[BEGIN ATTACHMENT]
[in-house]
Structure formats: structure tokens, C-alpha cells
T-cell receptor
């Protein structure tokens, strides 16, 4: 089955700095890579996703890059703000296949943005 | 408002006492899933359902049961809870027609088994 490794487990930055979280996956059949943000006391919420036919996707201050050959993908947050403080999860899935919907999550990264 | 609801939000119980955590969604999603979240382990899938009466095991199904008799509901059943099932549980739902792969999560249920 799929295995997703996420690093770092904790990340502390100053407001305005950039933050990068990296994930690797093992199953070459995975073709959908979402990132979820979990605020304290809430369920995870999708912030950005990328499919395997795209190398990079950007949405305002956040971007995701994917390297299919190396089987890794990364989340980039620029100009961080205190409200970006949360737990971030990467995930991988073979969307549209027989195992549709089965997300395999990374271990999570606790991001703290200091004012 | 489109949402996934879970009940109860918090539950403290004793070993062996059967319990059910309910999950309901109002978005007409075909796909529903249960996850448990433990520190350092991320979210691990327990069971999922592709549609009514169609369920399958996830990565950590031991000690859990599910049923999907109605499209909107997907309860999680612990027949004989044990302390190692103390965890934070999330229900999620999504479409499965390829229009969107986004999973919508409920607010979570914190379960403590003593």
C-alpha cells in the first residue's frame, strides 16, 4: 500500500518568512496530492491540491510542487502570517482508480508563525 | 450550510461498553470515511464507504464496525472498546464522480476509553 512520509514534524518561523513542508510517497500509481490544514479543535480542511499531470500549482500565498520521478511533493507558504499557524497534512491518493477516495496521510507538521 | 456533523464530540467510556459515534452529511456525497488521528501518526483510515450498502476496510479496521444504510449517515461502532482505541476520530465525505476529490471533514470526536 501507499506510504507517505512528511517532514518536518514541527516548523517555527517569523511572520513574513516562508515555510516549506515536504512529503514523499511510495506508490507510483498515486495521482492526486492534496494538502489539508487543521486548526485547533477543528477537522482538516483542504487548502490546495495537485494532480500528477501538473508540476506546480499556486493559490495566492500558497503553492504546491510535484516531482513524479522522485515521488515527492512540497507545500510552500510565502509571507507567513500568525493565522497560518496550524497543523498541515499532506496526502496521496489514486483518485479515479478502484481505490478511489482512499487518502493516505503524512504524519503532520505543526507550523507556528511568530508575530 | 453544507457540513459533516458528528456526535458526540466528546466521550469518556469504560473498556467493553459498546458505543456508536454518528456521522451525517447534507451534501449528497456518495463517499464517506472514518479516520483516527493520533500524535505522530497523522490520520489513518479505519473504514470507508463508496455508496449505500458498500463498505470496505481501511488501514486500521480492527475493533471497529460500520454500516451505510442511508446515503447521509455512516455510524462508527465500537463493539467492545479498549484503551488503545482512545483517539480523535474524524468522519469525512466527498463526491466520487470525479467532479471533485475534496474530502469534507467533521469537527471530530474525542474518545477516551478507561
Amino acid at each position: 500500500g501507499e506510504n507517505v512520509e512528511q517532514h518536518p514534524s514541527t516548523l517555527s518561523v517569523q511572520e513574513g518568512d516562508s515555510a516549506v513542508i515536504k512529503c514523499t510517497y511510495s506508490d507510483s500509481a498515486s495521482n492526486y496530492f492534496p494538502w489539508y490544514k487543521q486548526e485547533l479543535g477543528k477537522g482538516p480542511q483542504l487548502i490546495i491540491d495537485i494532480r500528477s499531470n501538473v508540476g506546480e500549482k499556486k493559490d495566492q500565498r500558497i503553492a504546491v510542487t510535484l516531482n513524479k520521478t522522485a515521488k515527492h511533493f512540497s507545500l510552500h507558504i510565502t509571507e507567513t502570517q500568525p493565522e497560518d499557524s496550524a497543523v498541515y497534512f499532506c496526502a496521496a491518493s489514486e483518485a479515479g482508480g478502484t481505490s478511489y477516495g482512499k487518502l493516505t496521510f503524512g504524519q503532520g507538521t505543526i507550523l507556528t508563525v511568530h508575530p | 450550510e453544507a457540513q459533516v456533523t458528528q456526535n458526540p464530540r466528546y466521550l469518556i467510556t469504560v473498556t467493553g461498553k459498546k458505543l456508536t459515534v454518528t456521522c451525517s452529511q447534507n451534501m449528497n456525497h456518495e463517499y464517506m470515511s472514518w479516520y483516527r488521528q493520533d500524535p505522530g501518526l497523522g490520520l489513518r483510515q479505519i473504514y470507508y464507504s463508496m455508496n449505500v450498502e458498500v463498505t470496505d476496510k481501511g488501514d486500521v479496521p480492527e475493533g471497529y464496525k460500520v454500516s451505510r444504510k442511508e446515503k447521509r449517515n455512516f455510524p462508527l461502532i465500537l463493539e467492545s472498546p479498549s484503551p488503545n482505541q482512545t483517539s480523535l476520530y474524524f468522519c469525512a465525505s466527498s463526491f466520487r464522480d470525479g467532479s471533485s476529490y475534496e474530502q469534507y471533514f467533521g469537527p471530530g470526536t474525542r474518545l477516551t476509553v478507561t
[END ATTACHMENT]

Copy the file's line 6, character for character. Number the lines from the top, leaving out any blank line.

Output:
Amino acid at each position: 500500500g501507499e506510504n507517505v512520509e512528511q517532514h518536518p514534524s514541527t516548523l517555527s518561523v517569523q511572520e513574513g518568512d516562508s515555510a516549506v513542508i515536504k512529503c514523499t510517497y511510495s506508490d507510483s500509481a498515486s495521482n492526486y496530492f492534496p494538502w489539508y490544514k487543521q486548526e485547533l479543535g477543528k477537522g482538516p480542511q483542504l487548502i490546495i491540491d495537485i494532480r500528477s499531470n501538473v508540476g506546480e500549482k499556486k493559490d495566492q500565498r500558497i503553492a504546491v510542487t510535484l516531482n513524479k520521478t522522485a515521488k515527492h511533493f512540497s507545500l510552500h507558504i510565502t509571507e507567513t502570517q500568525p493565522e497560518d499557524s496550524a497543523v498541515y497534512f499532506c496526502a496521496a491518493s489514486e483518485a479515479g482508480g478502484t481505490s478511489y477516495g482512499k487518502l493516505t496521510f503524512g504524519q503532520g507538521t505543526i507550523l507556528t508563525v511568530h508575530p | 450550510e453544507a457540513q459533516v456533523t458528528q456526535n458526540p464530540r466528546y466521550l469518556i467510556t469504560v473498556t467493553g461498553k459498546k458505543l456508536t459515534v454518528t456521522c451525517s452529511q447534507n451534501m449528497n456525497h456518495e463517499y464517506m470515511s472514518w479516520y483516527r488521528q493520533d500524535p505522530g501518526l497523522g490520520l489513518r483510515q479505519i473504514y470507508y464507504s463508496m455508496n449505500v450498502e458498500v463498505t470496505d476496510k481501511g488501514d486500521v479496521p480492527e475493533g471497529y464496525k460500520v454500516s451505510r444504510k442511508e446515503k447521509r449517515n455512516f455510524p462508527l461502532i465500537l463493539e467492545s472498546p479498549s484503551p488503545n482505541q482512545t483517539s480523535l476520530y474524524f468522519c469525512a465525505s466527498s463526491f466520487r464522480d470525479g467532479s471533485s476529490y475534496e474530502q469534507y471533514f467533521g469537527p471530530g470526536t474525542r474518545l477516551t476509553v478507561t